January 07, 2016
Happy New Year!
Constitution‘s 217th year marked her 8th visit to Dry Dock 1 in the Charlestown Navy Yard. “Old Ironsides” entered the dock on May 18th to start her two-year restoration. Ongoing work on Constitution in 2015 included: cleaning the ship’s hull prior to docking, the dry docking, removing the mizzen mast fighting top for refurbishment, removing the copper sheathing, shaping and installing new hull planks and gun deck waterways, restoring the cutwater, and removing and repairing rigging.
We’ll be posting updates right here throughout 2016, so check back often. Or better yet, subscribe to the restoration blog and each post will be mailed straight to your inbox! You can also see real-time photos of
Constitution in dry dock via Constitution Cam.
To celebrate an exciting year in
Constitution‘s history and the start of the restoration, here are a few photos that capture special moments in 2015.
In the weeks leading up to Constitution‘s dry docking on May 18, 2015, keel blocks and haul blocks were set up in Dry Dock 1 in the Charlestown Navy Yard. These wood and concrete structures were newly created for this specific docking. [Courtesy Naval History & Heritage Command Detachment Boston. Photo by James Almeida.]
Sea water from Boston Harbor surged into Dry Dock 1 on May 17, 2015 through the newly built and installed steel caisson. [Courtesy Naval History & Heritage Command Detachment Boston. Photo by James Almeida.]
Constitution crossed the sill of Dry Dock 1 at 10:08 PM on May 18, 2015. At this moment, a U.S. Navy Docking Officer assumed responsibility for the ship. [Courtesy Naval History & Heritage Command Detachment Boston. Photo by James Almeida.]
At 12:47 AM on May 19, 2015, once the water had drained sufficiently so that Constitution‘s keel was safely resting on the keel blocks, Naval History & Heritage Command Detachment Boston Ship Restorers secured the cutwater shores to her bow. [Courtesy Naval History & Heritage Command Detachment Boston. Photo by James Almeida.]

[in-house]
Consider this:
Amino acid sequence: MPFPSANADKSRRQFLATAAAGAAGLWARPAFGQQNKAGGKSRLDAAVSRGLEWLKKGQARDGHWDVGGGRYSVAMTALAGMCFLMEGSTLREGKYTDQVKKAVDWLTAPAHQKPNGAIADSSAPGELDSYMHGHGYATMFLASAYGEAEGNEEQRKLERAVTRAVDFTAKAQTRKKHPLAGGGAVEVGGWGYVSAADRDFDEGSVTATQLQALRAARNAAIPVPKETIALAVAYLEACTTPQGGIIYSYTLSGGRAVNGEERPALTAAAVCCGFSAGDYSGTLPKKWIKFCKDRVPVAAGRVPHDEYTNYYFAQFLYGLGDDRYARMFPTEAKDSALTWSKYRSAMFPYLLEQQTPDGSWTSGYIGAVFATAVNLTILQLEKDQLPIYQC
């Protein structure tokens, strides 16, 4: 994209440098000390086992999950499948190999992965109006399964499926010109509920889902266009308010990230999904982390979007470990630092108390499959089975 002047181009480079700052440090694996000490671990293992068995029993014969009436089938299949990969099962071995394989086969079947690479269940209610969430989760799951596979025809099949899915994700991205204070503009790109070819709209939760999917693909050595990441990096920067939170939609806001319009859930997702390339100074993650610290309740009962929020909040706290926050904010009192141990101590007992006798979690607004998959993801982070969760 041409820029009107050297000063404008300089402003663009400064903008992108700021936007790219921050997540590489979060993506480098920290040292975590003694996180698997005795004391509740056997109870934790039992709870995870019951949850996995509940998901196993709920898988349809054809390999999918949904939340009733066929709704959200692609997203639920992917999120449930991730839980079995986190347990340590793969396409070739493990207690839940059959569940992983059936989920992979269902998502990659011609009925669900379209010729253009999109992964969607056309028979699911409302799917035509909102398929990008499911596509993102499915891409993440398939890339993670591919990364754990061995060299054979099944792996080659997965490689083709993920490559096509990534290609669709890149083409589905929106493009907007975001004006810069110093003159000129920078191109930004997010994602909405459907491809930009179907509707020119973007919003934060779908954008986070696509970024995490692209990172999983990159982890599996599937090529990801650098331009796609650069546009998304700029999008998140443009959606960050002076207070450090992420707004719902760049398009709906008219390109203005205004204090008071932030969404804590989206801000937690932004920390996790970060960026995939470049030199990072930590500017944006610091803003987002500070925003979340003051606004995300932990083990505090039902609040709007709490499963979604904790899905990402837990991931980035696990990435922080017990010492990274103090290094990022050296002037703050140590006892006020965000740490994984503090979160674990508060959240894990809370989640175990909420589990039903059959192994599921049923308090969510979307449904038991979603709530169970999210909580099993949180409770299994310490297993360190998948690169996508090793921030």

Commander Sean D. Kearns, 73rd commanding officer of USS Constitution, conducted his first dry dock inspection of “Old Ironsides” at 7:46 AM near the conclusion of the dock’s dewatering process on May 19, 2015. [Courtesy U.S. Navy. Photo by Mass Communication Specialist 2nd Class Peter Melkus]
Copper removal began in late summer 2015. A team of USS Constitution sailors and NHHC Detachment Boston Ship Restorers spent weeks stripping over 3,000 copper sheets, tens of thousands of copper nails, and thousands of feet of “Irish” roofing felt from the ship’s lower hull. This photo shows exposed white oak planking and hull caulking at the waterline, just forward of the ship’s rudder. Below the exposed planking is the 1995 copper sheathing that had oxidized after 20 years of exposure to the harbor’s salt water. [Courtesy Naval History & Heritage Command Detachment Boston]
NHHC Detachment Boston Ship Restorers worked to secure the curve of a newly steamed and bent bow plank. This is one of the last steps in the steaming process. After the plank cooled and the curvature was permanently set, it was installed on the starboard bow. [Courtesy Naval History & Heritage Command Detachment Boston]
One of several curved laminated white oak planks that was installed on the starboard bow on September 17, 2015. Note the live oak frames behind the new plank and the older white oak planks below that will also be replaced. [Courtesy Naval History & Heritage Command Detachment Boston]
NHHC Detachment Boston Ship Restorers used a pneumatic driver to insert galvanized pins through the new waterways and ship’s frames on the gun deck. [Courtesy Naval History & Heritage Command Detachment Boston]
NHHC Detachment Boston Ship Restorer/Rigger Ryan Whitehead sewed a new leather cover over an iron sheer pole for Constitution‘s standing rigging. During the winter months of the two-year restoration, Constitution‘s standing and running rigging will be surveyed, overhauled, and repaired as needed. [Courtesy Naval History & Heritage Command Detachment Boston]
A twilight view of Constitution in Dry Dock 1 on November 15, 2015 via Constitution Cam. The ship will remain in dry dock through the summer of 2017. While in dock, Constitution remains open to the public for tours. Visit the ship’s website for hours and information. [Courtesy USS Constitution Museum. Photo by Greg M. Cooper Photography.]
-M. M. Desy & K. Monea
The Author(s) USS Constitution Museum
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